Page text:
I had the same suspicion about Hamilton66.  I disagree the advice of the forum is reckless.  Farfrom it.  I also disagree with H's idea of contacting Higbee and making an arguement.  Save thatr for a judge if that were ever the case.  I would be very interested to hear from Mathew or any other of the senior posters comments on Hamilton66's post. 

Yeah. His post seemed very troll "ish".   ;)

Additionally, I've read countless threads on ELI and have spoken to IP and Copyright attorneys and a lot of the statements made on this site were supported.  So I'm calling BS on the "reckless" statement as well.

With that said, I do believe that everyone's situation is different and because of this there is no "1 size fits all" solution. That's why its so important for everyone to take what they read on this site with a grain of salt and do their own due diligence to build and strengthen their case. 

Because at the end of the day, if you've been contacted by a troll ~ you need to get educated so you don't become another victim.

Agreed, there is no magic bullet, short of paying the demand. From time to time we get opinions like this it's nothing new..Most of us are not lawyers and we don't have to play by those standards, which is largely why we suggest "unorthodox" strategies, and prefer the "street fight" mentality., While the op does bring up a few points worth noting, I doubt the case we are discussing would land in the 5th district, in Texas. It would be argued in the 9th district ( I'm fairly certain) where the perfect10 case argued.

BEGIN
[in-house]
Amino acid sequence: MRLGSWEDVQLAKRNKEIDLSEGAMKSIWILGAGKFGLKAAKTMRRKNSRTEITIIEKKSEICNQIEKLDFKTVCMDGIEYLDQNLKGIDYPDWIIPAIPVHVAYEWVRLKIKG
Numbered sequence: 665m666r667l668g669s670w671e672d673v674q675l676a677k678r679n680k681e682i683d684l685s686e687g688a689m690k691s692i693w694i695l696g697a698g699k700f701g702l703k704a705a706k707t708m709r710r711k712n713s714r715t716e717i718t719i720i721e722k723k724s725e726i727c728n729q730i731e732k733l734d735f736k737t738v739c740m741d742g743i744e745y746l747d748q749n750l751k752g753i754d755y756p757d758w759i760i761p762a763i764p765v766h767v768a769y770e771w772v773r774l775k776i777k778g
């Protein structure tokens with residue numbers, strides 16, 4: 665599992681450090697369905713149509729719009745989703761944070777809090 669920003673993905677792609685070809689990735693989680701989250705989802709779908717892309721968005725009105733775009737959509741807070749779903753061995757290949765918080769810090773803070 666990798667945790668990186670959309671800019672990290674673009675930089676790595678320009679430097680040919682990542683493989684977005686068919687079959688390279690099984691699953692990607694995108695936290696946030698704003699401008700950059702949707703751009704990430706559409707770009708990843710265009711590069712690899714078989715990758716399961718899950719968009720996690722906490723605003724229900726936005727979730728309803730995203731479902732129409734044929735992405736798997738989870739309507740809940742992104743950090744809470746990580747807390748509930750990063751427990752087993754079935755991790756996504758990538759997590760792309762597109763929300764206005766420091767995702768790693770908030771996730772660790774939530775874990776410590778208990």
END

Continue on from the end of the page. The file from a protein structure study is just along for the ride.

Naturally there are always risks involved in being upfront and filing complaints, and even if the Bar association doesn't act, any attorney concerned about there reputation, would likely respond to a filed complaint, even it it went nowhere... Need I refer to Stingers Bar Complaint about one of Tim McCormacks attorney, who not only had to respond, but ended up having to hire an attorney? Do I need to mention the 100's of complaints filed against getty Image with the Washington AG, that each required a response? Do i need to mention that Getty images used to send out letters demanding upwards of 1000.00, and those days are now over, whilst they still send letters, the amount demanded is much more reasonable..Did Getty make these changes to "be nice"..I doubt it, or did they tire of the push back from unhappy, unsuspecting, and now educated people??.. I guess we'll never know the true answer, but I suspect ELI had at least a small impact on their methods.
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Getty Images Letter Forum / Re: Higbee followup
« Last post by clist on December 07, 2017, 01:34:16 PM »
@clist